I was walking down the streets of downtown Seattle with a friend the other day when I heard the word “gook” directed at me for the first time in many years. A small group of young Black men were standing by the wall. As far as I could tell, one of them was on some confused, pseudo-Black nationalist diatribe while another was videotaping him. As we walked by, he shouted, “…Death to whitey! …And to all gooks too!”
After about half a stride, I looked back at him, and we made eye contact for one moment – one seemingly infinite moment, pregnant with rage from within each of us at lives lost from racism, lives lost from war, and all the racial history that our locking of eyes in that moment encompassed.
When I turned back to my friend, she asked me, “What’s gook?” She was visiting from Mexico and had no context for the word. I answered, “It’s a very bad slur for people who look like me.” She remarked at how calm I had remained, to which I said that it wasn’t worth a fight; I just wanted him to know that I’d heard him. And then we went on about our day.
But of course, I thought about it for a long time afterward. Ironically, I had just reread a piece by David Roediger on the history of the word “gook” while preparing to write this exact post about that exact word, as a way to talk about race and imperialism. I guess the universe really does give you what you need.
By imperialism, I mean a system of unequal power relations based on ideas of superiority and inferiority, imposed by military, political, economic, and/or cultural might. It exists through practices of domination, not necessarily through the actual takeover of land and political authority, but also through hegemony, a less direct but very real form of control through indirect power and the threat of force. Today, the ideology of American exceptionalism, which claims that the United States is a global exception as an egalitarian, democratic, and free nation, is used to justify its leadership in the world economically and militarily – with 737 military bases at last count, and nearly half of the world’s total military spending.
Roediger’s is a very good essay (despite his poor judgment in using the word “gung-ho” in the last paragraph). He tackles the difficult task of unpacking the origins of “gook” with a clear-eyed understanding that varying accounts are more likely overlapping than distinct from one another. He explains how across the board, sources including the 1989 Oxford English Dictionary claim that “gook” is a distinctly American word. OED cites its first usage in the Philippines in 1935, and then later by U.S. troops in Korea and Vietnam as “a term of contempt; a foreigner; a coloured inhabitant of (south-)east Asia.”
However, Roediger also dug up far earlier accounts, some especially gendered:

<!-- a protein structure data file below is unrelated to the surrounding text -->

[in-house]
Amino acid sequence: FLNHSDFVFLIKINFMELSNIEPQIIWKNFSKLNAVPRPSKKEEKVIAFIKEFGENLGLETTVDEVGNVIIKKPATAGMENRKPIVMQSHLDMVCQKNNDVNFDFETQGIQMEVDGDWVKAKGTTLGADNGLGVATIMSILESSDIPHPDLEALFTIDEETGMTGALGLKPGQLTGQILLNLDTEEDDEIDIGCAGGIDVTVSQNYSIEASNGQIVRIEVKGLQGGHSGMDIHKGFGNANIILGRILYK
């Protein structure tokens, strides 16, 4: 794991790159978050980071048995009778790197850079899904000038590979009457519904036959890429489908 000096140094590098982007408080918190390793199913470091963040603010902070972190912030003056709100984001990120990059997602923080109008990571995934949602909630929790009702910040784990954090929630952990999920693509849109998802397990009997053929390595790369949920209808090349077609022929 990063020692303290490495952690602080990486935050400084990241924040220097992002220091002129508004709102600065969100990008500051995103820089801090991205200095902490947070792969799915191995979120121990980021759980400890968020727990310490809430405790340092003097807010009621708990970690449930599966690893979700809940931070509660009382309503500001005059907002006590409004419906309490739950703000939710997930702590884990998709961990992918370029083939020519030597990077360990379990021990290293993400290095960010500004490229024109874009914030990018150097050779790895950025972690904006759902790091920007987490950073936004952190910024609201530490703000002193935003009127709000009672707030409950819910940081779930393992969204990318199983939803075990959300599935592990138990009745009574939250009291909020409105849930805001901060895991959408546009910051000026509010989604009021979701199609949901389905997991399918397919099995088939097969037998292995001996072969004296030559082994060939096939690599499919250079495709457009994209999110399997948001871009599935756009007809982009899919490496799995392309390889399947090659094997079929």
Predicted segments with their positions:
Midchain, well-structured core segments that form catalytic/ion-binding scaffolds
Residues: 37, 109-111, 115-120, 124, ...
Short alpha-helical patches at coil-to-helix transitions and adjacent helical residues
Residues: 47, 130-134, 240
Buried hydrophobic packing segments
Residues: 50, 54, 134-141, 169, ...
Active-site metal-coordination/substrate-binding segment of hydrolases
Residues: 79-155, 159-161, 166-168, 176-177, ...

Irving Lewis Allen, in The Language of Ethnic Conflict, refers to goo-goo as “originally a Filipino in the Spanish- American War, 1899-1902” and some scholars of American English suggest that gook itself found usage during the same conflict… An 1893 citation from Slang and Its Analogues finds gooks to be “tarts” and particularly camp-following prostitutes or “barrack hacks” catering to the army. A 1914 source similarly defines a gook as “a tramp, low.”
What struck me about the essay was the breadth and depth of the word’s usage as a way to dehumanize native inhabitants of lands where the United States was the foreign colonizing force. It shows how Asia is less of a fixed, bounded area on a map, and more of a region (or an imagined set of regions) defined by U.S. military aggression. The word “gook” literally stretches from continent to continent to span the globe, long before the current-day, more commonly known reference to Asians in Korea and Vietnam. Forgive the long citation, but this is truly mind-blowing to me. Roediger explains:
By the 1920s, gooks were French- and Creole-speaking black Haitians and Spanish-speaking Nicaraguans. Marines, as we have seen, made the Haitians into gooks. They also, after the 1926 invasion of Nicaragua, were responsible for so naming “natives” there. Into the 1930s in Costa Rica, goo-goo described the citizenry, at least to Americans. Such a term, in the Philippines or Latin America, could hardly have failed to conjure up an image of an infantilized subject population.
By the time of the Second World War, the identity of the gook expanded again. The West Coast’s brilliant amateur student of language, Peter Tamony, took notes on radio commentator Deane Dickason’s 1943 comments on gook—the Marines’ “word for natives everwhere” but especially for Arabs. The latter of Dickason’s conclusions is likely closer to the mark than the former. “Natives” of France, or of Britain, or of Holland, were not gooks, but people of color were. In particular, the mainly Arab population of North Africa acquired the status of gook. Indeed the usage spread to French colonialists so that, even a decade after the war, panicked settlers reacted to Algeria’s national liberation struggle by indiscriminately slaughtering villagers in “gook-hunts.”
So this is what I would’ve said to that young man on the street, had I had the energy and will to do so: The word “gook” has not only a racial present, but a racial past. It was created as a tool of American war and conquest – a tool used to ensure the dehumanization of subject peoples, so that they could be killed and disappeared and stolen from with impunity. The word is, then, a symbol of racism and imperialism that has touched not only Asia, but also Latin America and the Caribbean, and by way of the slave trade, Africa. It has also extended, by way of war, to Arabs in Europe.
“Gook” is a term of imperialism. And if the flipside of imperialism is struggle and resistance, then the word is also a symbol of a solidarity among peoples of color that, while yet aspirational, should serve as the basis for striving to love, even through the deeply stacked layers of rage within us all.